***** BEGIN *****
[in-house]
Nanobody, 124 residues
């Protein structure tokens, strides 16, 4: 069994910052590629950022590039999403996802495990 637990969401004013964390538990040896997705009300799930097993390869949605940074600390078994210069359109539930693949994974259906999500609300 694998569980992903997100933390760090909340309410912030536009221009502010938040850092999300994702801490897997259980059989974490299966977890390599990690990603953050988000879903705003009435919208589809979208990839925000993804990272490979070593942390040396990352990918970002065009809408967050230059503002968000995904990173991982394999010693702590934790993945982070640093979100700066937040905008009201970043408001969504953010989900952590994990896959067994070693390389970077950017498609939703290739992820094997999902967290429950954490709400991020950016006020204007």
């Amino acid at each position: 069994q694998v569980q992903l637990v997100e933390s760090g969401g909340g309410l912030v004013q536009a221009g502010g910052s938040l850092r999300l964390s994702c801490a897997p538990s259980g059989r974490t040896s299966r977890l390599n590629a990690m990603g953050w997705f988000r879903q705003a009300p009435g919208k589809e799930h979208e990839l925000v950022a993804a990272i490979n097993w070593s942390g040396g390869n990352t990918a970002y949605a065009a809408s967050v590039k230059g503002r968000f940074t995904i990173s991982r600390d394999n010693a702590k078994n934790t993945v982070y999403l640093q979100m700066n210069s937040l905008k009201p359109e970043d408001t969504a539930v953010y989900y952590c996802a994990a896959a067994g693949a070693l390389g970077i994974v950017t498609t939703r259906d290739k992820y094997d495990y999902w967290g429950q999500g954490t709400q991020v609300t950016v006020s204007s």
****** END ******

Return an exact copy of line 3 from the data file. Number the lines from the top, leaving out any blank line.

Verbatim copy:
């Protein structure tokens, strides 16, 4: 069994910052590629950022590039999403996802495990 637990969401004013964390538990040896997705009300799930097993390869949605940074600390078994210069359109539930693949994974259906999500609300 694998569980992903997100933390760090909340309410912030536009221009502010938040850092999300994702801490897997259980059989974490299966977890390599990690990603953050988000879903705003009435919208589809979208990839925000993804990272490979070593942390040396990352990918970002065009809408967050230059503002968000995904990173991982394999010693702590934790993945982070640093979100700066937040905008009201970043408001969504953010989900952590994990896959067994070693390389970077950017498609939703290739992820094997999902967290429950954490709400991020950016006020204007």